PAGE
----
From a construction standpoint, I think there would be some real challenges in building a new platform on U street – and running new tracks under the existing ones – which you’d have to do – sharing would mean an operational nightmare with so many switches between lines so frequently. The Rosslyn switch is bad enough during rush hour.

    I also like the idea of a circle line, but I think you’d have to add a platform at the Pentagon to justify going into VA – otherwise it would just be for Rosslyn. You’d need to build new track there anyway. The circle line would also have the same kind of operational and switching issues if it’s sharing the tracks with the pre-existing lines, so that’s something to consider.

  • Adam
    January 9, 2009 - 10:23 am | Permalink

    I love the concept, my main problem is that the map doesn’t seem to do anything to address congestion. Added lines and more stations means more people. What’s really needed is capacity expansion on the Red and Orange lines, either additional tracks for express service (and occasional breakdowns). I also like the idea of totally splitting the Silver line from Orange and making it go on its own right of way directly into the city, perhaps taking the route of your new expanded Blue line? I just think that the capacity issues on that section of Orange track between East Falls Church and downtown will be horrendous.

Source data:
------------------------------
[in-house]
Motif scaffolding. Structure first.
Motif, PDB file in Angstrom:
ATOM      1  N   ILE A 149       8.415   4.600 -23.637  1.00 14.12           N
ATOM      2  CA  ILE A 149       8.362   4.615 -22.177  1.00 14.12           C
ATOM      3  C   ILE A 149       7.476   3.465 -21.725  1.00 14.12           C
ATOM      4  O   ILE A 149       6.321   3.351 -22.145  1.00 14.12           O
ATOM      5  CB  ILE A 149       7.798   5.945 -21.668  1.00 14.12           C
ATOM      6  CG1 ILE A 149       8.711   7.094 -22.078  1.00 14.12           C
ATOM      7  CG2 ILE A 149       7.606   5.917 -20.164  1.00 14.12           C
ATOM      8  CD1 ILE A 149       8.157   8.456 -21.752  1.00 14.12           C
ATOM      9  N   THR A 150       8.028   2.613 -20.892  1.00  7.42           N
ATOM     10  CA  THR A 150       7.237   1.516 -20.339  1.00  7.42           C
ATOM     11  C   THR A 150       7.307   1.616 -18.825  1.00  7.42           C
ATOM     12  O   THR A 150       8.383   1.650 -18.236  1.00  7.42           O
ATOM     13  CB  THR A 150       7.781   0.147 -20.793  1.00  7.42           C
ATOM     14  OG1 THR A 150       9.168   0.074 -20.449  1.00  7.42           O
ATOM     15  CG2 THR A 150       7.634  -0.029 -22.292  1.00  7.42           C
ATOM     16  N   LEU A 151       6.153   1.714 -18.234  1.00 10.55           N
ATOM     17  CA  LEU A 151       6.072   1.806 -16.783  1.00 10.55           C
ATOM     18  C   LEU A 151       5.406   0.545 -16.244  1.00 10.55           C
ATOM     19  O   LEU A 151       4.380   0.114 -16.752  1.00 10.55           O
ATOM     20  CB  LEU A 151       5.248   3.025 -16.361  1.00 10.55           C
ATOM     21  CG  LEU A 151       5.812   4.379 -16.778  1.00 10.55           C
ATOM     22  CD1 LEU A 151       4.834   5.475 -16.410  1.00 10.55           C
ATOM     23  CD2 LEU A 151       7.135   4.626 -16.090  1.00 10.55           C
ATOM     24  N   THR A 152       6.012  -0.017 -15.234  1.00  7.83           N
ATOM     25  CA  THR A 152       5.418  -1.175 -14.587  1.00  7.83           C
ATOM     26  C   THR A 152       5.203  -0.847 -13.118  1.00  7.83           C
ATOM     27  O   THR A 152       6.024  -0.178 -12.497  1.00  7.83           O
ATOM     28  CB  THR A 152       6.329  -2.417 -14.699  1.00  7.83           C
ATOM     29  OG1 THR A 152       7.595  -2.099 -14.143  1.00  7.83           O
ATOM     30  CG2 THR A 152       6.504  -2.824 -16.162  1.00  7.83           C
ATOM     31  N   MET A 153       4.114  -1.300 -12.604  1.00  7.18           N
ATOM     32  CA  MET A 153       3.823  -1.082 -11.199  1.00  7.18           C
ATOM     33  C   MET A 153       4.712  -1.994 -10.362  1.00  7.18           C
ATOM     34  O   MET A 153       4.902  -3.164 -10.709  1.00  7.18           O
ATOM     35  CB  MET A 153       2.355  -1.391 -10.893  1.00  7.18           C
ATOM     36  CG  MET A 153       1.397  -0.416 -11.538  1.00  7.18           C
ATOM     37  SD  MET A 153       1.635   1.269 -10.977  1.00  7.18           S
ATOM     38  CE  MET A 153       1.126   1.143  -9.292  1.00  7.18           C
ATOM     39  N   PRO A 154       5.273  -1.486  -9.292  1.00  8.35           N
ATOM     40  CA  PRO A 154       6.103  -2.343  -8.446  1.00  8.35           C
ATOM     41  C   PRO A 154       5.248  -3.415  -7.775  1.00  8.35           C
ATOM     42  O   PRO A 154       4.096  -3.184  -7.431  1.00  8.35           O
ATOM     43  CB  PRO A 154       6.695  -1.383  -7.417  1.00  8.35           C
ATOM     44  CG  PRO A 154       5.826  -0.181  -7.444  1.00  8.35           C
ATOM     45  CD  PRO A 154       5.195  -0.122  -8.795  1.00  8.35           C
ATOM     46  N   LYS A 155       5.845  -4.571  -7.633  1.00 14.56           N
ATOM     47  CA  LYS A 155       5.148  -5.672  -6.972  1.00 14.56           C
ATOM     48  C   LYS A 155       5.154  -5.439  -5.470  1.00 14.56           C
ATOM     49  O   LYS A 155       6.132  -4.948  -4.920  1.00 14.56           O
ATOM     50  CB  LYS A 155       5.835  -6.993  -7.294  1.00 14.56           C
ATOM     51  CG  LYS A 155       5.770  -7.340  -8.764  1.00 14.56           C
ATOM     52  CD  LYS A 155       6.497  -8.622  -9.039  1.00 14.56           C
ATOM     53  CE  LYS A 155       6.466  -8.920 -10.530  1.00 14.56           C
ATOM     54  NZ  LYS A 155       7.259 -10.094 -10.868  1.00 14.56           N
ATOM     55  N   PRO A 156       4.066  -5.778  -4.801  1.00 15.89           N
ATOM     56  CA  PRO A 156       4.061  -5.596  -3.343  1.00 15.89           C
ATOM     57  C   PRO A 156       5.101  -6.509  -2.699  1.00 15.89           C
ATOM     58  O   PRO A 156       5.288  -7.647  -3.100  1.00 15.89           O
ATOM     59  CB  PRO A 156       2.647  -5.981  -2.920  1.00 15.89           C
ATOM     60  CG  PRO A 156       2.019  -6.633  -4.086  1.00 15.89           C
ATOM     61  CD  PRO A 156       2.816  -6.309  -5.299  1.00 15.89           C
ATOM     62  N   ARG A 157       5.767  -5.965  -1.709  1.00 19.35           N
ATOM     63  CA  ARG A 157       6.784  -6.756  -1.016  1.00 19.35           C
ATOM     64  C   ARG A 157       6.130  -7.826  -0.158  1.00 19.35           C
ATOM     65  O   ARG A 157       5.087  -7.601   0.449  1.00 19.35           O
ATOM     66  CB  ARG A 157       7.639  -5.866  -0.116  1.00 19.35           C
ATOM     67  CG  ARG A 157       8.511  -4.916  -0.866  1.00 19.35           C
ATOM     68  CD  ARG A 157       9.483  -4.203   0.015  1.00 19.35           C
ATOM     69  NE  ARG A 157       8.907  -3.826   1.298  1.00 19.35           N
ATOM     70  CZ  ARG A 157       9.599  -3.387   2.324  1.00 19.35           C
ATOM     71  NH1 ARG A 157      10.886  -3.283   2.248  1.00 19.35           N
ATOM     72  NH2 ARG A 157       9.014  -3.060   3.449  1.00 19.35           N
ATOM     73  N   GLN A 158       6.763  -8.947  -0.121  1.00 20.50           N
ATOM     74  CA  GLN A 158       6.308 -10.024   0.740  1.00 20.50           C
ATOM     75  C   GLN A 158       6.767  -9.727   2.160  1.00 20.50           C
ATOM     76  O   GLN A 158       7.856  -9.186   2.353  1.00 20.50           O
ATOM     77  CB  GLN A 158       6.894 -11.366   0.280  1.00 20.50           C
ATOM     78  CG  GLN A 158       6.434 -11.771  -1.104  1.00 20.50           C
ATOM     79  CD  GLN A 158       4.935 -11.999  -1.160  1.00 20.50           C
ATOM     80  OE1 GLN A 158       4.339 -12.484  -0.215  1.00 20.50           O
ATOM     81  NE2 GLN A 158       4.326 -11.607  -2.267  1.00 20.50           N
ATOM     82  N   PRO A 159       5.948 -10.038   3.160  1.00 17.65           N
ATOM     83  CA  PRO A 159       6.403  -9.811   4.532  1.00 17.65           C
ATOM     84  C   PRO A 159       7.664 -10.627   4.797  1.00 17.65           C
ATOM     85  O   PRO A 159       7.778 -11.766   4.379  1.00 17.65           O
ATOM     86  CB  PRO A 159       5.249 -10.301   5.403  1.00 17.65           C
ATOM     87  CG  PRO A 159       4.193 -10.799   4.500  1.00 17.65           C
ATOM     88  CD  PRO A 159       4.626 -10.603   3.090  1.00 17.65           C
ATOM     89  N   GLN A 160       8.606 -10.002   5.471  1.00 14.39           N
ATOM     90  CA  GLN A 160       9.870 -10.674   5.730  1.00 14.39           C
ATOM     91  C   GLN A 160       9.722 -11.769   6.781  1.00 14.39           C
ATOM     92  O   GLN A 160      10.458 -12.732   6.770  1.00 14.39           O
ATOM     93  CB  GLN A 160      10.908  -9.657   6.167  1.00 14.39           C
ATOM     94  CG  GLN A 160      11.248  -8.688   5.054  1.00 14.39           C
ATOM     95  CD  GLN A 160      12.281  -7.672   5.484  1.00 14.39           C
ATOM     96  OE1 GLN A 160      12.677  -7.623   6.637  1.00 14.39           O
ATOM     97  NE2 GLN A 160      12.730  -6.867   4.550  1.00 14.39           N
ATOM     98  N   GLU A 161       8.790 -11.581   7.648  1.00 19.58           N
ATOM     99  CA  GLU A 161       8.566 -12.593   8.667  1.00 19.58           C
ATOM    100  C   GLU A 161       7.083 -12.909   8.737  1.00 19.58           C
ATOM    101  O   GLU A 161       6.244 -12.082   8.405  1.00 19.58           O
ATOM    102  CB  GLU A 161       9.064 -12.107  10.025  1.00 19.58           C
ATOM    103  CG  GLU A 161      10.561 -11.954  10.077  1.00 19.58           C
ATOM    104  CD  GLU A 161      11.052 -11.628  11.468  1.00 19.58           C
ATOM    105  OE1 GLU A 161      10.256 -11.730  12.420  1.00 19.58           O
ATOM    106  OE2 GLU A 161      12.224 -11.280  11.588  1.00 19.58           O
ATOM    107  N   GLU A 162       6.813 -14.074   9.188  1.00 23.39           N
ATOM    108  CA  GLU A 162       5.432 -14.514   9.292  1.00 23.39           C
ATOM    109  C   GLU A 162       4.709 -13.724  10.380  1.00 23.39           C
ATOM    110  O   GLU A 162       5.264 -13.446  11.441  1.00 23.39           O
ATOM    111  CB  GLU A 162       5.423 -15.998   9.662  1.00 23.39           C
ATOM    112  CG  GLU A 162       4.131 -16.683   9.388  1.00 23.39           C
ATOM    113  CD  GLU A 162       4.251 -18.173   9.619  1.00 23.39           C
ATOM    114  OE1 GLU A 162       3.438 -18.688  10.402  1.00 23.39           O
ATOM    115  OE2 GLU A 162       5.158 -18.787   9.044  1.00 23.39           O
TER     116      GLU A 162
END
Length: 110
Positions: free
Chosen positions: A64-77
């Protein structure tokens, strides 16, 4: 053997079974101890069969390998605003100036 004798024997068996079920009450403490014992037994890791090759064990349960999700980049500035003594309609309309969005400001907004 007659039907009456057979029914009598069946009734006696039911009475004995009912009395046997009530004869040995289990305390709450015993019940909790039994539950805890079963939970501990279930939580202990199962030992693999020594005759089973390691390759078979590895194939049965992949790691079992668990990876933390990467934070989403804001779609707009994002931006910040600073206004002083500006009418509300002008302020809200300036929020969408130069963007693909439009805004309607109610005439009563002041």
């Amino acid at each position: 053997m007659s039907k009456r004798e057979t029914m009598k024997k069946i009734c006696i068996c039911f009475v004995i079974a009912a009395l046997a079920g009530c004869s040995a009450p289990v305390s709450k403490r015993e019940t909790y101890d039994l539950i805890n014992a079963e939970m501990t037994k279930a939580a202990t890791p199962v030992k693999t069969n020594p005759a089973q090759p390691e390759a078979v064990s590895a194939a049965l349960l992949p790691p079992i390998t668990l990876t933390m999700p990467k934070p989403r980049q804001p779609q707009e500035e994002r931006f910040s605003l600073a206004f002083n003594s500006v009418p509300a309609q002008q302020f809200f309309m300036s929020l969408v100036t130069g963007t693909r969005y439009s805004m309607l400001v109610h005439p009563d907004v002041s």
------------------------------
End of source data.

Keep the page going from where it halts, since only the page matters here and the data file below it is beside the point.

• anonymouse
    January 9, 2009 - 10:47 am | Permalink

    Having a second line at Union Station is definitely one of the main operational benefits of a new downtown trunk line, as that station is alarmingly busy, and as a major transfer point to commuter and intercity rail it should really have more than one line.

  • Howard Marshall
    January 9, 2009 - 11:32 am | Permalink

    This is really interesting. My one question… why no extension of the Green line to BWI Airport? While Dulles is on most people’s minds, I’ve never even been there. I fly Southwest out of BWI to get around the country and I’ve always flown out of BWI to Europe as well. It seems like if we are going to dig up half of downtown, we may as well add at least a light rail extension direct to BWI.

  • January 9, 2009 - 12:59 pm | Permalink

    Thank you all for commenting. I recognize that the lack of a station at Union Station is a problem. I think this is the only serious flaw in the proposal, but one that is generally outweighed by the other benefits. But one at a time: